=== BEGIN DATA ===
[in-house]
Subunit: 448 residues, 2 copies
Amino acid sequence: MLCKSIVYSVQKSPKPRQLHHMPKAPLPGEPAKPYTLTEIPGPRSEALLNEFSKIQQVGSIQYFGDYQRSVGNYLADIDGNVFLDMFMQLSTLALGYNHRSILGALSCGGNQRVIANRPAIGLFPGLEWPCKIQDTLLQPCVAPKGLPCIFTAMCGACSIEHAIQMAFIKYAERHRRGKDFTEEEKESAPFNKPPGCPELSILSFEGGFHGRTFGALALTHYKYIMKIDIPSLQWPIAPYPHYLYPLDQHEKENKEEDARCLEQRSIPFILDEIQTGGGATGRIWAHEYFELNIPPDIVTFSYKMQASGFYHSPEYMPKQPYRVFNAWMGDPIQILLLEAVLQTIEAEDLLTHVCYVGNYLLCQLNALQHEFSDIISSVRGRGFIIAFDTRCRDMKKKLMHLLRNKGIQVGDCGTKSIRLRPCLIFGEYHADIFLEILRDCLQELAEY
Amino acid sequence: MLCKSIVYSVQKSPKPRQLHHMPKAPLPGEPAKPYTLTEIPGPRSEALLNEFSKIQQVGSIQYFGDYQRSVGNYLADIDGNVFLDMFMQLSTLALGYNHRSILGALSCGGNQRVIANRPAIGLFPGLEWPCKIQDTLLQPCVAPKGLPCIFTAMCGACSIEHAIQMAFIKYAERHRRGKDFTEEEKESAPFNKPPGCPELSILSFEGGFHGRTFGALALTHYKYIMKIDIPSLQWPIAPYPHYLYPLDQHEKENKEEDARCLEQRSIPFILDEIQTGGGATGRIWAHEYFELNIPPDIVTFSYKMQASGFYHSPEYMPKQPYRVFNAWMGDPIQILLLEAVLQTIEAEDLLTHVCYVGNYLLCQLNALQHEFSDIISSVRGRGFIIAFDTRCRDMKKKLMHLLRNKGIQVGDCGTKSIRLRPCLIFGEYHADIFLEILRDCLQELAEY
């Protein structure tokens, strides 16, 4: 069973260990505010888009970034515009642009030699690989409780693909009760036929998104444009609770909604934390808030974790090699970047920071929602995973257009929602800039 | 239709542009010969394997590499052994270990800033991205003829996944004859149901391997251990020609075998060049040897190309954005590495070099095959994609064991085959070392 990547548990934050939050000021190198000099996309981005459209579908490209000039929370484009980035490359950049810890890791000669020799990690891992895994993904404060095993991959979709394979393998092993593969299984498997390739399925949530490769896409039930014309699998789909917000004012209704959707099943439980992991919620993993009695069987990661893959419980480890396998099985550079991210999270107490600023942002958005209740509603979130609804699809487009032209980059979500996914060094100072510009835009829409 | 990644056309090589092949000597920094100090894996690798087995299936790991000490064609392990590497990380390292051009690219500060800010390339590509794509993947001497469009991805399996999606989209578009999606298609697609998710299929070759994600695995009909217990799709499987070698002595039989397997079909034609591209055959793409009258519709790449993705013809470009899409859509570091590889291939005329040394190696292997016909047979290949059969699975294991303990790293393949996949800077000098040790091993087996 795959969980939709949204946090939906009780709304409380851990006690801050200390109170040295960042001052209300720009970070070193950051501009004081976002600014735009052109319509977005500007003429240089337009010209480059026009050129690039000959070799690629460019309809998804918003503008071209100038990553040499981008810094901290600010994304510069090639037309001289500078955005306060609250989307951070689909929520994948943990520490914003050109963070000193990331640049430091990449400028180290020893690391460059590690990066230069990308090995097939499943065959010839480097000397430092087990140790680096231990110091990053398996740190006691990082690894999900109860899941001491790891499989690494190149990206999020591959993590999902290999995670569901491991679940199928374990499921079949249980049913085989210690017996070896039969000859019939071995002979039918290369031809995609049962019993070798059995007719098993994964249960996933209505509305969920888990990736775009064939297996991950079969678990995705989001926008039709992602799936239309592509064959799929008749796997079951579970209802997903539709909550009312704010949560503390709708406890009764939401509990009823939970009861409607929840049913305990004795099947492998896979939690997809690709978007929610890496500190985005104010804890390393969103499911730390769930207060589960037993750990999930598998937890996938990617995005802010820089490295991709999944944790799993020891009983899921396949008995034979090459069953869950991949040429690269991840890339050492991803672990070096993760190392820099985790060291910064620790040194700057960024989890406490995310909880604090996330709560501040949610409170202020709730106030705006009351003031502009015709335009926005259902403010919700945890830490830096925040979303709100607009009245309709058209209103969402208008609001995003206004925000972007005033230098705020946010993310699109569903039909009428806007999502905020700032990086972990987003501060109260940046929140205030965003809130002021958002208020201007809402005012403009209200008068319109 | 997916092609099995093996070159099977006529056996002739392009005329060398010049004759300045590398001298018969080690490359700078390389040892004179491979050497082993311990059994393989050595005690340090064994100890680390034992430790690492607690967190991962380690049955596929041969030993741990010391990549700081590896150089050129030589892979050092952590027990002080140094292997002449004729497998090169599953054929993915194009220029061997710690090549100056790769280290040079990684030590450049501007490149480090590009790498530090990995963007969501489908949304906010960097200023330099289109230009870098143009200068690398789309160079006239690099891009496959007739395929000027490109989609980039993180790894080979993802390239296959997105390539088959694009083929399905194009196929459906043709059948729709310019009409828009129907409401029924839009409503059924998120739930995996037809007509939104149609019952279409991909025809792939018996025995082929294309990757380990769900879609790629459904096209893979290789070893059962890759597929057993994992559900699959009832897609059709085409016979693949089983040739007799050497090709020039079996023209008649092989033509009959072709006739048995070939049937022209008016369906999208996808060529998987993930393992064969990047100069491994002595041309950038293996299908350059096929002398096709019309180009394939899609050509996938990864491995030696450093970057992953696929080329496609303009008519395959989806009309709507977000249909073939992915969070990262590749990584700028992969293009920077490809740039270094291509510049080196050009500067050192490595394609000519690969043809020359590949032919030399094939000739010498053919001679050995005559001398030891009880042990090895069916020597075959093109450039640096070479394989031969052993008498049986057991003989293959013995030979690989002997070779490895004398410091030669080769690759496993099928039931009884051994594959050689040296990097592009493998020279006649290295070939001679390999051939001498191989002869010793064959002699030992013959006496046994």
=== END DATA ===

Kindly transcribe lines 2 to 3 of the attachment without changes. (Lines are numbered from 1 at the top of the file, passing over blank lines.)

Subunit: 448 residues, 2 copies
Amino acid sequence: MLCKSIVYSVQKSPKPRQLHHMPKAPLPGEPAKPYTLTEIPGPRSEALLNEFSKIQQVGSIQYFGDYQRSVGNYLADIDGNVFLDMFMQLSTLALGYNHRSILGALSCGGNQRVIANRPAIGLFPGLEWPCKIQDTLLQPCVAPKGLPCIFTAMCGACSIEHAIQMAFIKYAERHRRGKDFTEEEKESAPFNKPPGCPELSILSFEGGFHGRTFGALALTHYKYIMKIDIPSLQWPIAPYPHYLYPLDQHEKENKEEDARCLEQRSIPFILDEIQTGGGATGRIWAHEYFELNIPPDIVTFSYKMQASGFYHSPEYMPKQPYRVFNAWMGDPIQILLLEAVLQTIEAEDLLTHVCYVGNYLLCQLNALQHEFSDIISSVRGRGFIIAFDTRCRDMKKKLMHLLRNKGIQVGDCGTKSIRLRPCLIFGEYHADIFLEILRDCLQELAEY